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Why Does My Knee Hurt?

Learn the most common types of knee pain and treatments

Runner experiencing knee pain; could be runner's knee condition.

Learn the most common types of knee pain and treatments

Every year millions of Americans seek treatment for knee pain. Whether the pain stems from a sports injury or simple wear and tear, knee problems rank among the most common reasons for medical visits.


Medical advice and treatment for knee pain depends largely on the type of injury or disorder. Sudden injuries, long-term overuse or underlying degenerative conditions are the most common causes of knee pain. Symptoms often include pain and swelling and stiffness.


Treatment options for common knee injuries and conditions can span from rest to surgery, including knee replacement. “Because each individual patient is different, the effectiveness of treatments will vary from case to case,” says Heinz Hoenecke, MD, an orthopedic surgeon with Scripps Clinic.

Dull knee pain

Learn more about knee signs and symptoms

Dull knee pain

Dull, achy knee pain often stems from deterioration of the knee’s cartilage.


“Runner’s knee” is a general term for several conditions that cause this type of pain around the kneecap. It’s more common among people who participate in sports that involve running and jumping.


Sports medicine specialists diagnose and treat a variety of sports injuries and conditions, including runner’s knee, which is also known as patellofemoral knee syndrome.


Pain or aching and stiffness are also symptoms of osteoarthritis, which is the most common form of arthritis in the knee. It is often referred to as a wear and tear disease and age is a major risk factor.


Over-the-counter anti-inflammatory medications can ease pain. Arthritis supplements, such as glucosamine, may also help.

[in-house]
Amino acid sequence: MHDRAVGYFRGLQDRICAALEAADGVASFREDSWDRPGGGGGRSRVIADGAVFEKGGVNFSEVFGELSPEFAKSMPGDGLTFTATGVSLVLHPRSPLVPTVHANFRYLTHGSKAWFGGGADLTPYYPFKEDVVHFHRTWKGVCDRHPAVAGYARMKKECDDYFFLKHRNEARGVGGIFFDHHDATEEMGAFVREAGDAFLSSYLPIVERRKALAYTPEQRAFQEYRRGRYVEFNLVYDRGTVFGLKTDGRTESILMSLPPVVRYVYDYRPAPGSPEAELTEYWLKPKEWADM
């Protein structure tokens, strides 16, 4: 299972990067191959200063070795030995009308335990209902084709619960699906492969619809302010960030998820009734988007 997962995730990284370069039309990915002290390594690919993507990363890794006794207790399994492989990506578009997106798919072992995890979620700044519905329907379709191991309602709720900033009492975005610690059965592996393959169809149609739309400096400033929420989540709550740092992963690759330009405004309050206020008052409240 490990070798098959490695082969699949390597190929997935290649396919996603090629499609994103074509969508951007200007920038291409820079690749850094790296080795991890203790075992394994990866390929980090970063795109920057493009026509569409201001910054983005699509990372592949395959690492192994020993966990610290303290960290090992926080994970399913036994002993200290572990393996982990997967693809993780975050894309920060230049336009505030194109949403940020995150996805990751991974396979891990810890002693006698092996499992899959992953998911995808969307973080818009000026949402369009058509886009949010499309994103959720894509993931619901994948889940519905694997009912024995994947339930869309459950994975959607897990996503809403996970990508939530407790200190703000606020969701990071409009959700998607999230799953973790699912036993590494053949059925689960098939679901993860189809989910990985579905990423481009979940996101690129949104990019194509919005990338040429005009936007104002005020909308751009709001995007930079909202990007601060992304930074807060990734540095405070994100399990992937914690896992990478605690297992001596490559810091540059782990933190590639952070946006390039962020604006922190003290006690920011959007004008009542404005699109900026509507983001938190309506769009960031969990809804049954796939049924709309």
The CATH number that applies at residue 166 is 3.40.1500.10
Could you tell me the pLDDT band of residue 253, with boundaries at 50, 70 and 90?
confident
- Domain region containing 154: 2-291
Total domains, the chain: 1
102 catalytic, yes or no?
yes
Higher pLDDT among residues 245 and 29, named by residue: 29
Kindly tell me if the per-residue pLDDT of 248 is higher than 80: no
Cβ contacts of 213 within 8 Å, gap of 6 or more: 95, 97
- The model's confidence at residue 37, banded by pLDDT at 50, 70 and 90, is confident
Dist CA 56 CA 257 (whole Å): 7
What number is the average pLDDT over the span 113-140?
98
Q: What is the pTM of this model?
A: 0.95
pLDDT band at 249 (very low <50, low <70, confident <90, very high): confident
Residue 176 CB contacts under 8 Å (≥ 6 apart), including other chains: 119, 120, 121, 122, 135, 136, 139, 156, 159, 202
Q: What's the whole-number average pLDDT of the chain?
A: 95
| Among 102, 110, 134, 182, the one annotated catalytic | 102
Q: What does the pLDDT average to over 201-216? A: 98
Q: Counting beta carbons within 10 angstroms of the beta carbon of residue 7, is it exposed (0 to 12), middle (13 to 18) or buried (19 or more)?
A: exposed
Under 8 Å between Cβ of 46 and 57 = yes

In milder cases, exercises that maintain alignment of the knee may alleviate pain. These exercises may be learned from physical therapists. Alternative therapies, such as Egoscue, Pilates and yoga techniques, may help with alignment and core strengthening to relieve pain.


Reducing or avoiding certain activities can also help.


“If running, walking or hiking seem to aggravate the condition, reduce or avoid these activities until the pain symptoms resolve,” Dr. Hoenecke says. “Consider a different type of shoe or try orthotics or shoe inserts that can correct alignment and provide extra cushioning.”


If symptoms don’t improve within a few months, consult a physician or orthopedic specialist.

Sudden knee pain

A twinge in the knee upon rising from a chair. A sharp pain while descending stairs. A knee that “locks” while extended. All may be caused by a tear in the cartilage of the knee joint known as the meniscus. Any activity that causes twisting or rotating of the knee can lead to a torn meniscus.


Rest, ice and pain relievers may help with pain and give the meniscus time to heal. However, if symptoms do not improve after six weeks, the next step may be an MRI to diagnose the extent of the damage. A severe meniscus tear usually requires arthroscopic surgery to remove or repair the torn meniscus and minimize the chance of further injury.

Injury-related knee pain

A traumatic knee injury, such as from a fall or a blow, often causes sudden, sharp pain and instability of the joint.


These injuries should be evaluated by a physician immediately. Surgery may not be needed, but the physician can recommend steps to take right away to limit the damage and help the joint recover. If symptoms continue after four to six weeks, surgery may be needed.